Speaking to BBC Radio 4’s Today Programme, the Greek minister urged Britons to travel to his country this summer as he claimed Greece is much safer than the UK with a lower number of coronavirus cases. Mr Theoharis claimed Greece will be looking into implementing before-travel requirements to those willing to enter the country this summer as well as keeping some social distancing measures in place but welcomed British tourists thinking of travelling soon. He said: “We want people to come to Greece.
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“Of course, we will take precautions in terms of the requirements before travelling but also in the way that we travel, the way that we stay on the beach etcetera.
“Social distancing rules will apply but we have welcomed tourists for more than 50 years and we want to continue showing the kind of hospitality that we’re very much known for.”
Asked to send a message to British tourists planning to go to Greece this summer, he said: “We have shown leadership in the way that we’ve dealt with the medical side of this crisis.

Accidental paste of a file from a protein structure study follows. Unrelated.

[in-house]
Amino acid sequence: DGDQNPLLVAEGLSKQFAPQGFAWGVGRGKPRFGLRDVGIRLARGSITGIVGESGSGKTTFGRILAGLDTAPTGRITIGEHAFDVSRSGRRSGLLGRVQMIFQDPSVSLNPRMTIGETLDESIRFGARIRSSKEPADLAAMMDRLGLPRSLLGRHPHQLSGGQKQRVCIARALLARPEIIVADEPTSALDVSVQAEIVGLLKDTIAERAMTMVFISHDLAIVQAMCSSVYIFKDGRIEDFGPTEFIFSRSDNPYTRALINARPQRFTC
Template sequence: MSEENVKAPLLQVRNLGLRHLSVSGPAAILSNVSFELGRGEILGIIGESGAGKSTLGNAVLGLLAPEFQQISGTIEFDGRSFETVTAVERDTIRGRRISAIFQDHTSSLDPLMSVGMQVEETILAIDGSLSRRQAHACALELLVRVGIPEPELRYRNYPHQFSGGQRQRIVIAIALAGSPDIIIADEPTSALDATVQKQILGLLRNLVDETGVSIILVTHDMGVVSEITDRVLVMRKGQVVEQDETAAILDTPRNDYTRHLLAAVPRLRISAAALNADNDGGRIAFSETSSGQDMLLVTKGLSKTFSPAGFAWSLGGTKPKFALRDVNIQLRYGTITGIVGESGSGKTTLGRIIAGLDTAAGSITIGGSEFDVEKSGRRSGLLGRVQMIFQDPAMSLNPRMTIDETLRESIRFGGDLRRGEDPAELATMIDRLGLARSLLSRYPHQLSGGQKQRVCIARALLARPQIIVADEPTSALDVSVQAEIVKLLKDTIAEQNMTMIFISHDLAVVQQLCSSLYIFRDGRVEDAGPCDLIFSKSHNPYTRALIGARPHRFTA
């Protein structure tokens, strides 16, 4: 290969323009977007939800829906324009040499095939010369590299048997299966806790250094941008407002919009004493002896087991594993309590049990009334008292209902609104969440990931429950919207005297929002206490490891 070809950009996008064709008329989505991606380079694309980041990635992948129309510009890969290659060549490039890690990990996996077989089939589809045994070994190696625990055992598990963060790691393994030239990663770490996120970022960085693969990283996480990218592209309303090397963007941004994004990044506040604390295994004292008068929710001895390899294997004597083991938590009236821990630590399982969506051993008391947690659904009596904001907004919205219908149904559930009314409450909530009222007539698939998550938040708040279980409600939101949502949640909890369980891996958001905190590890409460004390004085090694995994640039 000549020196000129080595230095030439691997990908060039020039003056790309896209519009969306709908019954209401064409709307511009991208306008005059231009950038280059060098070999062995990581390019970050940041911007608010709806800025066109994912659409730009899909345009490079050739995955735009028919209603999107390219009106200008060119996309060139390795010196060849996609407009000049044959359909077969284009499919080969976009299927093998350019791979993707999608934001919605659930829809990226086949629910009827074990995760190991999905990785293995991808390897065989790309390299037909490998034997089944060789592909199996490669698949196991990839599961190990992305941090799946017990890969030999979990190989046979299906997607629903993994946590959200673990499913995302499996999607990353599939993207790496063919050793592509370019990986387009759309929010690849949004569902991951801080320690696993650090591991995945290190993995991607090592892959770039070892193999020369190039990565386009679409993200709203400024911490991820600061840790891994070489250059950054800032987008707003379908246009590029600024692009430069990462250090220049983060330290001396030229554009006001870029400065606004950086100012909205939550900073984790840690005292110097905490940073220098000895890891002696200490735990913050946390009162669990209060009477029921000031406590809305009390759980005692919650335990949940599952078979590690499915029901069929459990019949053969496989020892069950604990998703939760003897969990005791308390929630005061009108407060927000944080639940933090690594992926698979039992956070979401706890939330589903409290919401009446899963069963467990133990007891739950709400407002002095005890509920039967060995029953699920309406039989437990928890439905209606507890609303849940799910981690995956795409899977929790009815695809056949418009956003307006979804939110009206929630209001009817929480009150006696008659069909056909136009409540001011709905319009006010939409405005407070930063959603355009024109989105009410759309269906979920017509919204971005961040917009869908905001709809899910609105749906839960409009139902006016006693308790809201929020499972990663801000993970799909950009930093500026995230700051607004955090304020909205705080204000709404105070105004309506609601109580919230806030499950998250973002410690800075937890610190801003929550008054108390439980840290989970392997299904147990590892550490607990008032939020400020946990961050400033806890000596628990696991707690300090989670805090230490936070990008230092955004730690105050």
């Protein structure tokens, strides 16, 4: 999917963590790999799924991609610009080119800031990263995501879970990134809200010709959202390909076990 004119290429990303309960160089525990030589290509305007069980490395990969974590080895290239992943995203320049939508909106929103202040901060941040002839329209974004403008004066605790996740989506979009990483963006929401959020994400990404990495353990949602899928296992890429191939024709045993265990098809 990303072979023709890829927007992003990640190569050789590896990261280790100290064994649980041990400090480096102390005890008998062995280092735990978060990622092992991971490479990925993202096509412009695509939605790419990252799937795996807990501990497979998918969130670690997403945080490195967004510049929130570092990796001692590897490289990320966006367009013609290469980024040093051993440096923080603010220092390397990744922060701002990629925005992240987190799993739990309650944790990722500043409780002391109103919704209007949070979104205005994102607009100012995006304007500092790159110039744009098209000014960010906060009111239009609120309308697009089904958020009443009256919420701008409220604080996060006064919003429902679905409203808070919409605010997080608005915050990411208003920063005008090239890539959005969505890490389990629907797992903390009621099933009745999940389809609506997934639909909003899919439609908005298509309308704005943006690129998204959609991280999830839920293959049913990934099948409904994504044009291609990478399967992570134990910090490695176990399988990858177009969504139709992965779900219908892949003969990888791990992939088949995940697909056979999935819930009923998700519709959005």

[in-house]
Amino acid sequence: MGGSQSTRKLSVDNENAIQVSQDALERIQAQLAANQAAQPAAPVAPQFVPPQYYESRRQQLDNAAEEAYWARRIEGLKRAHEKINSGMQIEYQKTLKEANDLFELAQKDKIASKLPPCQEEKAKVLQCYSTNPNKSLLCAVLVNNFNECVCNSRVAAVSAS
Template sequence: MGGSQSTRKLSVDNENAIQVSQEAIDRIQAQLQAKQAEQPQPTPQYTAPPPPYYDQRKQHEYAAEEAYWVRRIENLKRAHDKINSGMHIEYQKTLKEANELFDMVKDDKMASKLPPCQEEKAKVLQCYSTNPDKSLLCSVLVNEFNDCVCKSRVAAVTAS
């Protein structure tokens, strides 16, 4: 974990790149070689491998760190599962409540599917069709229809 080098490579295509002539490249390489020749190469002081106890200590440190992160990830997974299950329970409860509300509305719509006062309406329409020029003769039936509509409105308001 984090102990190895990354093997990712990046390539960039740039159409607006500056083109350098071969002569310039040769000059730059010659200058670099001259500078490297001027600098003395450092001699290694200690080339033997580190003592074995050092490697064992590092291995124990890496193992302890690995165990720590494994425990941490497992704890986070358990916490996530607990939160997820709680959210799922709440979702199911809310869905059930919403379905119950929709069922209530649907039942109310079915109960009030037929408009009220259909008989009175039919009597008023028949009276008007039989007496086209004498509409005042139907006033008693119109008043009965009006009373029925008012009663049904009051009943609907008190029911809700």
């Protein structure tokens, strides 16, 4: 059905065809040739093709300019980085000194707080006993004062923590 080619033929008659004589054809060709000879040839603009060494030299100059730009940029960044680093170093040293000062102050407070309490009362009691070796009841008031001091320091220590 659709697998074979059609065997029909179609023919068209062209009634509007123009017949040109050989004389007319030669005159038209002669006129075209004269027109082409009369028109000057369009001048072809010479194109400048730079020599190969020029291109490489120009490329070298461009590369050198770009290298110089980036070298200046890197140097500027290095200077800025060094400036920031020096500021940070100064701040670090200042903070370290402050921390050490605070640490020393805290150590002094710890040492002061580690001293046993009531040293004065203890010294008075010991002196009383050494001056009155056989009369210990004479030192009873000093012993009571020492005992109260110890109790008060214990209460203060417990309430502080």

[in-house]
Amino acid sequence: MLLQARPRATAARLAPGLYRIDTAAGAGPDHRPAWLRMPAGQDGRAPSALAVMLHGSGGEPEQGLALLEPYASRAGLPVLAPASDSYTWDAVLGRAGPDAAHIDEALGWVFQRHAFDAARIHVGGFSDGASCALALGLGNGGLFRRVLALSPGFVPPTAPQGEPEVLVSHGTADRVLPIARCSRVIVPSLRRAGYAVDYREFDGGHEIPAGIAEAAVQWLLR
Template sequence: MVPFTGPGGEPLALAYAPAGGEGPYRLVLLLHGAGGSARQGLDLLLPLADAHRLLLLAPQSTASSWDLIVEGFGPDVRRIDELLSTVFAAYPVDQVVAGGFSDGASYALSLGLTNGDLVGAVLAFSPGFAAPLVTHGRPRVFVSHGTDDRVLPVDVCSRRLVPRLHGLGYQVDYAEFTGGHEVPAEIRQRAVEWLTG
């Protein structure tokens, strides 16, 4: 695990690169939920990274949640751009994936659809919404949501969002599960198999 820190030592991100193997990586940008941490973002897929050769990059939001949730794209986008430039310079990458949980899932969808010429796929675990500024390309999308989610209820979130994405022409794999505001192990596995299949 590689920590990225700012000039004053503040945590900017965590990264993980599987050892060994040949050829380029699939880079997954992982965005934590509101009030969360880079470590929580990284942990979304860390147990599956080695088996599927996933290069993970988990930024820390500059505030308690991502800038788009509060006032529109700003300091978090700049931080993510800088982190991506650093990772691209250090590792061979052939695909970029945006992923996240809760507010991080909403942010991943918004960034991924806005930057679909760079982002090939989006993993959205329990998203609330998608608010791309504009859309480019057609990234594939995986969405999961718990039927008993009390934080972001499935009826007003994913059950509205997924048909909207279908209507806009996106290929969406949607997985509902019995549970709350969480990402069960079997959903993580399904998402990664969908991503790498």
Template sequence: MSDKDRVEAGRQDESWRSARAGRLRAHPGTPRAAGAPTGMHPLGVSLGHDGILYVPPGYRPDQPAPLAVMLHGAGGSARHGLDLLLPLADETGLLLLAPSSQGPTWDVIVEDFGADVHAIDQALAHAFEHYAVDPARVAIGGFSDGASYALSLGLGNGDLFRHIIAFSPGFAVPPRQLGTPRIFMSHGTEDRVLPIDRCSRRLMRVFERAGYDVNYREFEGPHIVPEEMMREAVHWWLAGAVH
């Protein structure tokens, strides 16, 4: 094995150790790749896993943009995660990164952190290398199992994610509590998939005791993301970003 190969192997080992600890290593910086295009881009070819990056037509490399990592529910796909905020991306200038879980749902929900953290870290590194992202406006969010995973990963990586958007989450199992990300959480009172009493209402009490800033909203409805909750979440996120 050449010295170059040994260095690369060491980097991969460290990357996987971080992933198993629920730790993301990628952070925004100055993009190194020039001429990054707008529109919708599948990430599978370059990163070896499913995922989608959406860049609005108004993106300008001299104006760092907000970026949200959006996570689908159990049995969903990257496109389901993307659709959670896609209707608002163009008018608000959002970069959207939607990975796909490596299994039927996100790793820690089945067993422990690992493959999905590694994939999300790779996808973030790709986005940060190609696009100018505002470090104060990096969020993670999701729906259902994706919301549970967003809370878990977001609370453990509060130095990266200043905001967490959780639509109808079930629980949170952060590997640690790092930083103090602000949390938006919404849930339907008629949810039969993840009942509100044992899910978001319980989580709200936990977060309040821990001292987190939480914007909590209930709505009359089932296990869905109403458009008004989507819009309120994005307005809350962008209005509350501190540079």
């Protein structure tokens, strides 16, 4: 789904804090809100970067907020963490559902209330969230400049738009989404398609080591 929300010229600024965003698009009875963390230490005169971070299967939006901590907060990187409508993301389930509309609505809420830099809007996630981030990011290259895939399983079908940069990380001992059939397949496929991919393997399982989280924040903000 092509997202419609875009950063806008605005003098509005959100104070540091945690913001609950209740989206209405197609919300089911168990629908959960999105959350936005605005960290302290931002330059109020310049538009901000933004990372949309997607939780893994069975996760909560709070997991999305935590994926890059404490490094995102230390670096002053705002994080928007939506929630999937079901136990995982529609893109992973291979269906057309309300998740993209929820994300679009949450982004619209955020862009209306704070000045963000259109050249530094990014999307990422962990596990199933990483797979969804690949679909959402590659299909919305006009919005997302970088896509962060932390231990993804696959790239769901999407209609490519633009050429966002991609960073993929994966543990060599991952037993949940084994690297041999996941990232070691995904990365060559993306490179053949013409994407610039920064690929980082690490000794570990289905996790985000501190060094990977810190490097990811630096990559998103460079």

“We have a much flatter curve than any country in Europe, or perhaps even in most of the countries of the world.
“So we will not change tactic as far as that is concerned, we will continue taking very, very important precautions.
“But we will do so while still allowing economic activities.
“You should feel safe. Greece is a safe country and in many cases, much safer, I’m sorry to say, than your own country.”
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Greek Prime Minister Kyriakos Mitsotakis said on Tuesday restrictions on citizens’ movements would be lifted and more shops allowed to reopen from May 4 in a gradual easing of a lockdown imposed to curb the spread of the new coronavirus.
Greece has so far registered 2,566 coronavirus cases including 138 deaths, much fewer than many other European nations, thanks partly to the swift imposition of its lockdown on March 23.
But the lockdown has paralysed an economy that only emerged in the summer of 2018 from a decade-long debt crisis, dashing expectations for strong growth this year.
The Government now expects a deep recession of up to 10 percent of national output.
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